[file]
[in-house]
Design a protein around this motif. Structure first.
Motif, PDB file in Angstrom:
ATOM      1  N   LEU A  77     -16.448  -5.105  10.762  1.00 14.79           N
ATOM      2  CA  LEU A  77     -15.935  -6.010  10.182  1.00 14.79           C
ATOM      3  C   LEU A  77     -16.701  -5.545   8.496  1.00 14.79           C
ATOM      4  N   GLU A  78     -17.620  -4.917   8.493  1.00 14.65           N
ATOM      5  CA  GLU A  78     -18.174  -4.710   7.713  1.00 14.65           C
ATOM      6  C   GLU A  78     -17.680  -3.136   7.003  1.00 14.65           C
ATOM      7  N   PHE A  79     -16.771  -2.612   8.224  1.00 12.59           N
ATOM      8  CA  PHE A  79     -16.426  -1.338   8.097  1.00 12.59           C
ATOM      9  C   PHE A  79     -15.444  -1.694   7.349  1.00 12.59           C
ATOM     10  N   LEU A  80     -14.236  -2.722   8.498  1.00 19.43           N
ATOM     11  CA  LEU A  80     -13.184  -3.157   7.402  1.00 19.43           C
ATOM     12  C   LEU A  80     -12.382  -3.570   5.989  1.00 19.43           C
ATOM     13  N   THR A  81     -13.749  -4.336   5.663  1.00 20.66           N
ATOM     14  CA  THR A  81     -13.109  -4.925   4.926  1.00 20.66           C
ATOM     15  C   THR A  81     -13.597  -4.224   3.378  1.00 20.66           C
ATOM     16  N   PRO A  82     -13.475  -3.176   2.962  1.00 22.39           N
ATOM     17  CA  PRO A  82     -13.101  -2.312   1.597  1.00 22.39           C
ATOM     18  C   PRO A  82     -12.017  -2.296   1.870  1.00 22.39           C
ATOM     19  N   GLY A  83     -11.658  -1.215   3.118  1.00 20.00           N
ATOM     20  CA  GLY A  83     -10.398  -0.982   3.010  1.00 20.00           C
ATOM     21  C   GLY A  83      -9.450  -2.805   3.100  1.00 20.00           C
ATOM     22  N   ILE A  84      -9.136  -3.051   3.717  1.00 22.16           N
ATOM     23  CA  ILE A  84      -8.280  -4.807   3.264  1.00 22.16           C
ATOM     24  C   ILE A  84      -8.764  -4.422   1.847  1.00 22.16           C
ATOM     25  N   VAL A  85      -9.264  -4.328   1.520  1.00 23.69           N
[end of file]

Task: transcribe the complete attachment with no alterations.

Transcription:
[in-house]
Design a protein around this motif. Structure first.
Motif, PDB file in Angstrom:
ATOM      1  N   LEU A  77     -16.448  -5.105  10.762  1.00 14.79           N
ATOM      2  CA  LEU A  77     -15.935  -6.010  10.182  1.00 14.79           C
ATOM      3  C   LEU A  77     -16.701  -5.545   8.496  1.00 14.79           C
ATOM      4  N   GLU A  78     -17.620  -4.917   8.493  1.00 14.65           N
ATOM      5  CA  GLU A  78     -18.174  -4.710   7.713  1.00 14.65           C
ATOM      6  C   GLU A  78     -17.680  -3.136   7.003  1.00 14.65           C
ATOM      7  N   PHE A  79     -16.771  -2.612   8.224  1.00 12.59           N
ATOM      8  CA  PHE A  79     -16.426  -1.338   8.097  1.00 12.59           C
ATOM      9  C   PHE A  79     -15.444  -1.694   7.349  1.00 12.59           C
ATOM     10  N   LEU A  80     -14.236  -2.722   8.498  1.00 19.43           N
ATOM     11  CA  LEU A  80     -13.184  -3.157   7.402  1.00 19.43           C
ATOM     12  C   LEU A  80     -12.382  -3.570   5.989  1.00 19.43           C
ATOM     13  N   THR A  81     -13.749  -4.336   5.663  1.00 20.66           N
ATOM     14  CA  THR A  81     -13.109  -4.925   4.926  1.00 20.66           C
ATOM     15  C   THR A  81     -13.597  -4.224   3.378  1.00 20.66           C
ATOM     16  N   PRO A  82     -13.475  -3.176   2.962  1.00 22.39           N
ATOM     17  CA  PRO A  82     -13.101  -2.312   1.597  1.00 22.39           C
ATOM     18  C   PRO A  82     -12.017  -2.296   1.870  1.00 22.39           C
ATOM     19  N   GLY A  83     -11.658  -1.215   3.118  1.00 20.00           N
ATOM     20  CA  GLY A  83     -10.398  -0.982   3.010  1.00 20.00           C
ATOM     21  C   GLY A  83      -9.450  -2.805   3.100  1.00 20.00           C
ATOM     22  N   ILE A  84      -9.136  -3.051   3.717  1.00 22.16           N
ATOM     23  CA  ILE A  84      -8.280  -4.807   3.264  1.00 22.16           C
ATOM     24  C   ILE A  84      -8.764  -4.422   1.847  1.00 22.16           C
ATOM     25  N   VAL A  85      -9.264  -4.328   1.520  1.00 23.69           N